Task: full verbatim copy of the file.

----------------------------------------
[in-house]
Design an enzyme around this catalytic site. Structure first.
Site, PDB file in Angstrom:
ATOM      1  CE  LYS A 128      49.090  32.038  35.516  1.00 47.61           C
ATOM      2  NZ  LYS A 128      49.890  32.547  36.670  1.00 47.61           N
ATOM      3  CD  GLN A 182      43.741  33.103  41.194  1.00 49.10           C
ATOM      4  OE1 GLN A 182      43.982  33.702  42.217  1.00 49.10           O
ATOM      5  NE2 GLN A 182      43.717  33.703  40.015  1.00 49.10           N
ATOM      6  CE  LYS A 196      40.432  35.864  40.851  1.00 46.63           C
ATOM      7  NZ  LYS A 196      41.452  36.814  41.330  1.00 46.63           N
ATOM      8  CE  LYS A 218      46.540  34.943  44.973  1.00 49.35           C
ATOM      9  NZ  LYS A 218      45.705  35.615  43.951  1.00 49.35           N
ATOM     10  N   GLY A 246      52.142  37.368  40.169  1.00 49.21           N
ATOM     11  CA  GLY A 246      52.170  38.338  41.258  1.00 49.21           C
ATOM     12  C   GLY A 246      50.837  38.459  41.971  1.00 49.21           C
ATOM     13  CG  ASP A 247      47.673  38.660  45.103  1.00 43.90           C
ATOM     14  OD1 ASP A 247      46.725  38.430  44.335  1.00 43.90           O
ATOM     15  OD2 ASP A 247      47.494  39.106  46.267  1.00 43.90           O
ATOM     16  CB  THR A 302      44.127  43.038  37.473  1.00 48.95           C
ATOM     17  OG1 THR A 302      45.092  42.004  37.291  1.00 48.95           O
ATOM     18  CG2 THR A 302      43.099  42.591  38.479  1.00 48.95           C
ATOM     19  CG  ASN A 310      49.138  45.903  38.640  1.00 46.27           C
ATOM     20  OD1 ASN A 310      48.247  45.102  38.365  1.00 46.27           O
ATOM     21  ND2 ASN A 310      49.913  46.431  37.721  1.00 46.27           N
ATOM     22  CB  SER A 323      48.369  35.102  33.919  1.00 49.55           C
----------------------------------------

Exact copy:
[in-house]
Design an enzyme around this catalytic site. Structure first.
Site, PDB file in Angstrom:
ATOM      1  CE  LYS A 128      49.090  32.038  35.516  1.00 47.61           C
ATOM      2  NZ  LYS A 128      49.890  32.547  36.670  1.00 47.61           N
ATOM      3  CD  GLN A 182      43.741  33.103  41.194  1.00 49.10           C
ATOM      4  OE1 GLN A 182      43.982  33.702  42.217  1.00 49.10           O
ATOM      5  NE2 GLN A 182      43.717  33.703  40.015  1.00 49.10           N
ATOM      6  CE  LYS A 196      40.432  35.864  40.851  1.00 46.63           C
ATOM      7  NZ  LYS A 196      41.452  36.814  41.330  1.00 46.63           N
ATOM      8  CE  LYS A 218      46.540  34.943  44.973  1.00 49.35           C
ATOM      9  NZ  LYS A 218      45.705  35.615  43.951  1.00 49.35           N
ATOM     10  N   GLY A 246      52.142  37.368  40.169  1.00 49.21           N
ATOM     11  CA  GLY A 246      52.170  38.338  41.258  1.00 49.21           C
ATOM     12  C   GLY A 246      50.837  38.459  41.971  1.00 49.21           C
ATOM     13  CG  ASP A 247      47.673  38.660  45.103  1.00 43.90           C
ATOM     14  OD1 ASP A 247      46.725  38.430  44.335  1.00 43.90           O
ATOM     15  OD2 ASP A 247      47.494  39.106  46.267  1.00 43.90           O
ATOM     16  CB  THR A 302      44.127  43.038  37.473  1.00 48.95           C
ATOM     17  OG1 THR A 302      45.092  42.004  37.291  1.00 48.95           O
ATOM     18  CG2 THR A 302      43.099  42.591  38.479  1.00 48.95           C
ATOM     19  CG  ASN A 310      49.138  45.903  38.640  1.00 46.27           C
ATOM     20  OD1 ASN A 310      48.247  45.102  38.365  1.00 46.27           O
ATOM     21  ND2 ASN A 310      49.913  46.431  37.721  1.00 46.27           N
ATOM     22  CB  SER A 323      48.369  35.102  33.919  1.00 49.55           C